Tom Hudnut, the former head of Harvard-Westlake School, another elite prep school in Los Angeles, said parents often “had no faith in their children’s resilience.” The kids generally survived rejection from their dream schools better than their parents, he said.
Northern California vintner Agustin Huneeus Jr., pleaded guilty to paying $50,000 to fix his daughter’s SAT score and $50,000 to help slide the teen into USC, and to agreeing to pay an additional $200,000 on her acceptance before authorities exposed the plot.
“I realize now that cheating on her behalf was not about helping her, it was about how it would make me feel,” wrote Mr. Huneeus, now inmate No. 25453-111 at USP Atwater, a California prison where he is serving five months.
Since her father’s arrest, Agustina Huneeus has had panic attacks and worked with a psychiatrist, her mother, Macarena Huneeus, wrote U.S. District Judge Indira Talwani.
Agustina retook the SAT in May and started college at an undisclosed school last fall, “driven to make sure that no one could ever again question the integrity of her application or of her hard work, diligence and strength,” her mother wrote. Prosecutors said Mr. Huneeus brought his daughter into a meeting with Mr. Singer where the fraud was explicitly discussed.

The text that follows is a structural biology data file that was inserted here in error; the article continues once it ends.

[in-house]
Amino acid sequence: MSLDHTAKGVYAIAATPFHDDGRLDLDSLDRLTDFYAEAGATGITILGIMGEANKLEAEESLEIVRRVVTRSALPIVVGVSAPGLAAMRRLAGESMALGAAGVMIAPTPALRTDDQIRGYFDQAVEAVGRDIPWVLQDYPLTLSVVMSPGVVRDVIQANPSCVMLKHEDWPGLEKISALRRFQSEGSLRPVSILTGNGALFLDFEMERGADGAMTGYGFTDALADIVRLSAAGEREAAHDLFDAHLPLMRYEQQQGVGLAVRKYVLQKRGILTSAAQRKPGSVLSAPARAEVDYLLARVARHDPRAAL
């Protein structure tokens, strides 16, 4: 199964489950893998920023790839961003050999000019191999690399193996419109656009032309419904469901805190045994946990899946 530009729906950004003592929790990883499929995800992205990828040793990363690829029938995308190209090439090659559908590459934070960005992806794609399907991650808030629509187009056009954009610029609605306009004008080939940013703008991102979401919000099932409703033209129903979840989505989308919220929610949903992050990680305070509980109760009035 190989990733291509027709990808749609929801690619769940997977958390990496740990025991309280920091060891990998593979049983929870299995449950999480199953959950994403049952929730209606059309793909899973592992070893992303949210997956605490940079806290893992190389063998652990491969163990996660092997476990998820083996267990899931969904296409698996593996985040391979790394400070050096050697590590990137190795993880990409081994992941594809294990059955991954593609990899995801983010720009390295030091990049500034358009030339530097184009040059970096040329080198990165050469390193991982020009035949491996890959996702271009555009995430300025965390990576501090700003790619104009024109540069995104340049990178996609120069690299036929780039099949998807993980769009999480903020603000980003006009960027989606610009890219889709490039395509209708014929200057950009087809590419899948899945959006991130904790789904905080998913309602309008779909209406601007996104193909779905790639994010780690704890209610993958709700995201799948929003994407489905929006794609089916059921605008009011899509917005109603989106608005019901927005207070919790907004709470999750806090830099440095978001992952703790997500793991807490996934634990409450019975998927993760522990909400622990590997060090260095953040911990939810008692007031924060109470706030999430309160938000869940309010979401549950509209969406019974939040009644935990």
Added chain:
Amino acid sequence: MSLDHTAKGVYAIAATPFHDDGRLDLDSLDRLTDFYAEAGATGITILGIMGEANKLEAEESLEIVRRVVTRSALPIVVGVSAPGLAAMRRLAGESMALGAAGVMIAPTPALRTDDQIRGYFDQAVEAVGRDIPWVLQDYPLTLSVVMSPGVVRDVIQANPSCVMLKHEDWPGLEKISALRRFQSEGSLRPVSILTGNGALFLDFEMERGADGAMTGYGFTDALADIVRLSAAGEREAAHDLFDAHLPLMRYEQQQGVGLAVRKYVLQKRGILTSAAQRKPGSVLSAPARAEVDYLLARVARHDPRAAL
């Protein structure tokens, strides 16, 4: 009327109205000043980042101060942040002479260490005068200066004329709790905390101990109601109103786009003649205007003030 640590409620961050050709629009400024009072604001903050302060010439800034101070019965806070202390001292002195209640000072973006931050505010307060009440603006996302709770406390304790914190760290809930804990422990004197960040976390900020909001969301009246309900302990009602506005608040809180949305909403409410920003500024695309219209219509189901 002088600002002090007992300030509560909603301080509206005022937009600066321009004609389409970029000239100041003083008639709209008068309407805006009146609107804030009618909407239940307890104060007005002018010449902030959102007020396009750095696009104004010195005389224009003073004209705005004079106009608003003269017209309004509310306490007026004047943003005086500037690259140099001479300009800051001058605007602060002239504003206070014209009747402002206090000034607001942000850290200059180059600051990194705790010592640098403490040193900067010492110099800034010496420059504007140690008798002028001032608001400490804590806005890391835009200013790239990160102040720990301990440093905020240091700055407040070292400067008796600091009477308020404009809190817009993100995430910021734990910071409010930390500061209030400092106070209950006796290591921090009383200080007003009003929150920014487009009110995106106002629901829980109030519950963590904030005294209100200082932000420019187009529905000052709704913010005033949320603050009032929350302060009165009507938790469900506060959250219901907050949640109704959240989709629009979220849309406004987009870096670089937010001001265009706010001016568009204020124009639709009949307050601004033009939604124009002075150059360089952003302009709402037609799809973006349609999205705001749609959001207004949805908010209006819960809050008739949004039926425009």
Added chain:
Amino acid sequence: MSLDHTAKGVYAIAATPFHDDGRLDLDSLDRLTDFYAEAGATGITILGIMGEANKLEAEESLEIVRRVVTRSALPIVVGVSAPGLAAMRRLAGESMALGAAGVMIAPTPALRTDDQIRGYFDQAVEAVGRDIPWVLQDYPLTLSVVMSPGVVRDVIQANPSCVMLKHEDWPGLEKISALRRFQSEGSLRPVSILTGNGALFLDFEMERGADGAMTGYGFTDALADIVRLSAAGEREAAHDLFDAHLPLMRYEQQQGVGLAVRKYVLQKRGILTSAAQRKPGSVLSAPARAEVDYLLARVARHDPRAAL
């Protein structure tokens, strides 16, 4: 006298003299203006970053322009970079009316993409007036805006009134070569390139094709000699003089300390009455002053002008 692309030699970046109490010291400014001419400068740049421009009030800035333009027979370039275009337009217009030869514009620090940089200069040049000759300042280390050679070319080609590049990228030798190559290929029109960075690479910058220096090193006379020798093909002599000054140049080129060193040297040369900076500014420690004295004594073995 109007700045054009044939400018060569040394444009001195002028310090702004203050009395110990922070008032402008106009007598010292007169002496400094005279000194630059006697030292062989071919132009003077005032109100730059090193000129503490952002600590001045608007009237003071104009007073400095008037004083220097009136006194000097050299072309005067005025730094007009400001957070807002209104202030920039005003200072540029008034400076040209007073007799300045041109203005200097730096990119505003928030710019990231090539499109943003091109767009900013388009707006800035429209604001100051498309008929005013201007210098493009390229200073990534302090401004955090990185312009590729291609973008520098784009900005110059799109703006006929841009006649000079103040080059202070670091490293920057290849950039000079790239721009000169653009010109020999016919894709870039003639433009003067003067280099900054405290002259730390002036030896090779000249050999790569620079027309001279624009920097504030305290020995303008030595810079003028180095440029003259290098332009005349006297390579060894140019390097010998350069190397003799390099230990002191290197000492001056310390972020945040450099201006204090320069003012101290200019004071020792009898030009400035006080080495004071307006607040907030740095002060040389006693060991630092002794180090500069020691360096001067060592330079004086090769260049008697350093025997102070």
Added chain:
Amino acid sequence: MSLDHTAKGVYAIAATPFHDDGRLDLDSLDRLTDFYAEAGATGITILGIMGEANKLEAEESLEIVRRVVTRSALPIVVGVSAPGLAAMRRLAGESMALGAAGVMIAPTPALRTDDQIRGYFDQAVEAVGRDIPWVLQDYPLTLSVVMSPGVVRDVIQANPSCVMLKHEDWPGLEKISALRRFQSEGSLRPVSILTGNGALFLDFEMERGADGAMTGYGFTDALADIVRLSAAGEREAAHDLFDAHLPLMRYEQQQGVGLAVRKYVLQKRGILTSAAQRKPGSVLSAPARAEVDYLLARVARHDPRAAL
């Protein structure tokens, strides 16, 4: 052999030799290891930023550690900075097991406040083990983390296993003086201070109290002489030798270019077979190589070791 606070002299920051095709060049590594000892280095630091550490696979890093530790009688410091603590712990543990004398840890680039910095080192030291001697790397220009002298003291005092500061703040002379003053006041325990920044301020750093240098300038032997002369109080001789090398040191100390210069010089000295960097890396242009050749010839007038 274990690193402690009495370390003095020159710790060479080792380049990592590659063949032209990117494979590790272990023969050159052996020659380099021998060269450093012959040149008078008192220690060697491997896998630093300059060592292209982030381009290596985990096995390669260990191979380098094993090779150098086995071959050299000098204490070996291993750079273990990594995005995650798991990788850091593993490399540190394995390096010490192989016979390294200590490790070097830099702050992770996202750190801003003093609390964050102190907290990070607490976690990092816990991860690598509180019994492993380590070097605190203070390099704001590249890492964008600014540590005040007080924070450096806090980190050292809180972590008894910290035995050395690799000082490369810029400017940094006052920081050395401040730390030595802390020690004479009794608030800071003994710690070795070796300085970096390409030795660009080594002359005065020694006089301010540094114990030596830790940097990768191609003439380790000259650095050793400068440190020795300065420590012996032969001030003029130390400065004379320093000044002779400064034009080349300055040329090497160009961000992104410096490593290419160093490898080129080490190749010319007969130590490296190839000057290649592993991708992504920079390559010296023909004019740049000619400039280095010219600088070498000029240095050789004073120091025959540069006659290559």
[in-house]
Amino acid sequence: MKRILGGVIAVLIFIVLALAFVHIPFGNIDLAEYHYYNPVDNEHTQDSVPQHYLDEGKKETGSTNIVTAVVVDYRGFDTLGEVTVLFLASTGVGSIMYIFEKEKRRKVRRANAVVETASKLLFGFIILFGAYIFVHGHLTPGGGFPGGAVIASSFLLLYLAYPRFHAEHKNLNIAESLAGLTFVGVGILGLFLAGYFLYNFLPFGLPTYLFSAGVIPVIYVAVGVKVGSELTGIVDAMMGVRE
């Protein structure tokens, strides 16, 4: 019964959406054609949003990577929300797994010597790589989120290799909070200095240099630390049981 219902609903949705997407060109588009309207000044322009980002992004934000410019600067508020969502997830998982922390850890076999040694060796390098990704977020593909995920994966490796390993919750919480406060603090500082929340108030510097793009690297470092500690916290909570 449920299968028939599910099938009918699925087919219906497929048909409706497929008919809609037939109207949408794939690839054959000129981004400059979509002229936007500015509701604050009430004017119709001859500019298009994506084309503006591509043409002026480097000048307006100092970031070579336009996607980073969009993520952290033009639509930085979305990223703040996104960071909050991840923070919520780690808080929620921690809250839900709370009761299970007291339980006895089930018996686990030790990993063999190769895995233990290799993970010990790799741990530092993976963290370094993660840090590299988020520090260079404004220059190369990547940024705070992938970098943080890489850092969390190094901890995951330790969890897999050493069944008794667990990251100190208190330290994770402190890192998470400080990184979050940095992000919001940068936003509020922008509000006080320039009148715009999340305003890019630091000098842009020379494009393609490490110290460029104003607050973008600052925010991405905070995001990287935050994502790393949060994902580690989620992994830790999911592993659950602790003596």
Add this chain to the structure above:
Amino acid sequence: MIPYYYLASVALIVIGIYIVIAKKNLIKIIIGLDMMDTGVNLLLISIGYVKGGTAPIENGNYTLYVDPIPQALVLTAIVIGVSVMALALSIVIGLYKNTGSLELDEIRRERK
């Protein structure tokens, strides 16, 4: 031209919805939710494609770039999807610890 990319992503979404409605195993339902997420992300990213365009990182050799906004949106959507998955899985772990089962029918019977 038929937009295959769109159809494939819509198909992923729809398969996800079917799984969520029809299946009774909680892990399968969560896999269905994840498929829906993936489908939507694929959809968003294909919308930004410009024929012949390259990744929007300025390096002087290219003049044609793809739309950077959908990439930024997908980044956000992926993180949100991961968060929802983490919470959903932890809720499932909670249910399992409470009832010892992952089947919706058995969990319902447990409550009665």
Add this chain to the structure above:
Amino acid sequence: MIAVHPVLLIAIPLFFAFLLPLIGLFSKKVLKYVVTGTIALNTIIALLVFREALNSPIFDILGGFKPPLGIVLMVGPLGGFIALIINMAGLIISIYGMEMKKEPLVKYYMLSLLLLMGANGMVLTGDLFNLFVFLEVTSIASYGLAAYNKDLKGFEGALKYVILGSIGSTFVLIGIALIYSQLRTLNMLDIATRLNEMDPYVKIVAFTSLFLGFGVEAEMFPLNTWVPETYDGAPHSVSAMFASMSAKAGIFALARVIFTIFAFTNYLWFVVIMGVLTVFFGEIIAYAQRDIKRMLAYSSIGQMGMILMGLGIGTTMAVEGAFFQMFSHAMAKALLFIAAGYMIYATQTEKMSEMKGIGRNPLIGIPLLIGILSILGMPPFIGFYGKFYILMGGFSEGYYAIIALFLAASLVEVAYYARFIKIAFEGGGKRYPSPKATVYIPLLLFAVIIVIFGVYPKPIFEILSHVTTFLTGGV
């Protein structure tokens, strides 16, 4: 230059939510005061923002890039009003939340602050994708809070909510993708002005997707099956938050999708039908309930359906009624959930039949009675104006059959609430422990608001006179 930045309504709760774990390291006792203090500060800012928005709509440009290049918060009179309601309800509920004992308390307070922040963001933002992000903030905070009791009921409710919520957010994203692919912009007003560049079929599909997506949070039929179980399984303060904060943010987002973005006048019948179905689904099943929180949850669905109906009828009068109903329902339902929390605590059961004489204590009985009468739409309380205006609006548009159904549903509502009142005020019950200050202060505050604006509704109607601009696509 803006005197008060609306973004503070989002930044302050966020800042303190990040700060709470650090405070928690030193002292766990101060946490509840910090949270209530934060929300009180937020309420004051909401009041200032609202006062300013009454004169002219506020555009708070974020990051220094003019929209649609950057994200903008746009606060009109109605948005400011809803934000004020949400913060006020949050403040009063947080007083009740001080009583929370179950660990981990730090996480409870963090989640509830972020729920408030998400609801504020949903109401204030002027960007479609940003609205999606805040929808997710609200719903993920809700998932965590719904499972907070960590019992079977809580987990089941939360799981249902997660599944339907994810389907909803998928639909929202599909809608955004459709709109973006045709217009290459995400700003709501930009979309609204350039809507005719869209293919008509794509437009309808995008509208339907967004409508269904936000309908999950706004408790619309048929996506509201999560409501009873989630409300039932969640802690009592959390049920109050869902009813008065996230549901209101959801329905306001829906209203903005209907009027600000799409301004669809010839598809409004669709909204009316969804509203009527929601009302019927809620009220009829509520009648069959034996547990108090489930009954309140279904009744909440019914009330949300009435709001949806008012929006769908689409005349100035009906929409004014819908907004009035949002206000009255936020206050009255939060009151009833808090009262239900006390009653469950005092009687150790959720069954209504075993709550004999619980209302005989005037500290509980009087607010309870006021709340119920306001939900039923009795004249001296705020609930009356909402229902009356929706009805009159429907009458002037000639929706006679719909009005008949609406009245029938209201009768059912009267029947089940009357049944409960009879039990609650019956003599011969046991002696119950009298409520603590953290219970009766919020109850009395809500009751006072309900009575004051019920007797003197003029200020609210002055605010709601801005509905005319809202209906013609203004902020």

Yale, Stanford and Georgetown expelled students caught up in the scheme. USC has finished most of its student reviews, with outcomes ranging from expulsion to finding no violations of school policy. Students still under review can’t get degrees or transcripts until their investigations are complete.
Actress Felicity Huffman’s daughter, Sophia Macy, had trouble sleeping alone, struck with nightmares about the day armed FBI agents arrived at the house, her father, actor William H. Macy, wrote to the court before her mother was sentenced in September.
“Some of the hurt and anger will take years to work through, but we are making progress,” he wrote.
Ms. Huffman had agreed to pay $15,000 to have Mr. Singer’s proctor boost Sophia’s SAT score, without the teen’s knowledge.
Ms. Huffman pleaded guilty and served a two-week sentence at a Dublin, Calif., prison.
Sophia was a high-school senior at the time of the arrest. Two days after her mother’s arrest in March, Sophia flew to New York for a final audition at her top-choice college, the Juilliard School, the famous performing arts school. When she landed, she saw an email from the school, disinviting her to the tryout, Mr. Macy wrote to the court. Juilliard said it doesn’t release details on the status of applications.
She called her parents from the airport, hysterical and begging: “Do something, please, please do something.”